Windows 7 Essential Training
In Windows 7 Essential Training, David Rivers helps users of any level feel comfortable with the improvements and enhancements found in Microsoft's operating system. From simple navigation through the updated graphic user interface, David shows how to install or upgrade and get the most out of Windows 7. He covers using the new Internet Explorer 8 and boosting a computer's memory with the ReadyBoost tool. He also highlights hardware configuration options and explores the advances made connecting a home or work system with Windows Live, the cloud-computing environment made available for Windows 7 users. Exercise files accompany this course.
- Running Windows XP programs within a Windows 7 installation Accessing favorites quickly through jump lists Establishing user settings through Windows Explorer Setting up a home network with Homegroup Displaying similar sites with suggestions in Internet Explorer 8 Syncing photos on two computers with Live Sync
(Music playing) Hi, I am David Rivers and welcome to Windows 7 Essential Training. In this course, I'll show you with everything you need to know to maximize your experience in the new Windows 7 environment. Now for those who are new to Windows in general, I'll begin by showing you some of the basics you'll need to know to function efficiently in any Windows environment. Then you'll learn everything you need to know to make the switch to Windows 7, beginning with an assessment of your hardware. How to transfer your old files to your new environment, and even how to your old XP programs in Windows 7.
I will show you how to take advantage of changes made to the user interface to improve your overall efficiency. We'll explore multitasking with the Taskbar, and how to save time by using Jump Lists. Window 7 includes several programs, tools, and utilities for working with photos, music, and video. I'll show you how to use the Media Center to simplify your experience when working with these types of files. You will learn all about the media player for playing music, and video. I will show you how to use the Photo Gallery to share and organize your photos, and you'll learn how to take pictures of your computer screen with the Snipping tool.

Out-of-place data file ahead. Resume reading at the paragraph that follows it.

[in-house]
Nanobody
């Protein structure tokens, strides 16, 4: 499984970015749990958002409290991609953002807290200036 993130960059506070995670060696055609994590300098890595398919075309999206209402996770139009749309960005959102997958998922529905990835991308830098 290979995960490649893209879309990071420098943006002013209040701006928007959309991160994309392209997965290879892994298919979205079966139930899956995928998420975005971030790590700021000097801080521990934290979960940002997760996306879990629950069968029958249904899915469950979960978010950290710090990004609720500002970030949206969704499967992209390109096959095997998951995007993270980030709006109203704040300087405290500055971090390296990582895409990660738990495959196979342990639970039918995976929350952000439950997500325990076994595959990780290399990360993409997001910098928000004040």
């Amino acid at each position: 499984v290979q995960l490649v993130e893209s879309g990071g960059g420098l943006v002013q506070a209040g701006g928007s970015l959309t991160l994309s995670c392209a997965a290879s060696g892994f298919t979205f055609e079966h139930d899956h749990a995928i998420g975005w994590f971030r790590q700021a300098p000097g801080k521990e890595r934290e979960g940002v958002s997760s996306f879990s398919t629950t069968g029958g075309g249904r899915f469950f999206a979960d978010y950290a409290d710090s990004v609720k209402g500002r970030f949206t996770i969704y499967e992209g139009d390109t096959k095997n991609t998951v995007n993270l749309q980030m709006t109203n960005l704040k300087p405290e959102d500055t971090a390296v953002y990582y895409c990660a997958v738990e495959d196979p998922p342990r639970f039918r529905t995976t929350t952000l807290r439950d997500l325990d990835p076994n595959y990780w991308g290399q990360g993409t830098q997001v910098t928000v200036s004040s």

If you're upgrading to Windows 7, you'll likely want to upgrade to Windows Explorer 8, and Windows Live Essentials, both of which provide additional tools and accessories, which will enhance your Windows 7 experience. You'll learn how to use Web Slices, and Accelerators to help you work more efficiently in Internet Explorer, and I'll show you how to stay connected with your online community using tools like Windows Live Messenger, Hotmail, Sync, Writer and even Movie Maker. Now my goal in this course is to show you how you can greatly improve your experience with Windows 7, using many of the powerful, and time saving features built right in.
So with so much to cover let's get started.
Find answers to the most frequently asked questions about Windows 7 Essential Training .
Here are the FAQs that matched your search "" :
- Q: Is there a way to share files and printers between computers on network running Windows XP and Windows 7 without using the HomeGroup share method of Windows 7, since XP does not have this feature?
- A: While Windows XP does not support the new HomeGroup found in Windows 7, there is another way to share files and printers between the two operating systems. There are a number of steps to follow, but they are all listed here: www.howtogeek.com/howto/windows-7/share-files-and-printers-between-windows-7-and-xp/
- Q: Is it possible for a computer running Windows XP to join a Windows 7 HomeGroup?
- A: Unfortunately, only Windows 7 supports HomeGroup. If the Windows XP computer must connect with the Windows 7 computer, there are have two options:
1. Upgrade the XP machine to Windows 7 and joining will be no problem.
2. Change the Windows 7 HomeGroup to a regular Workgroup and the XP machine will be able to connect to it.
Here are the steps to changing a HomeGroup to a Workgroup:
- On the Windows 7 computer, click the Start button at the bottom left of the screen.
- Go to the Control Panel and choose Network and Sharing Center.
- Click the link for "View your active networks.”
- In the next window choose "Work network." That will switch the group from a HomeGroup to a Workgroup so the two computers can talk to each other. However, the same workgroup name and share folders in Explorer must be assigned to both computers before they can be networked.
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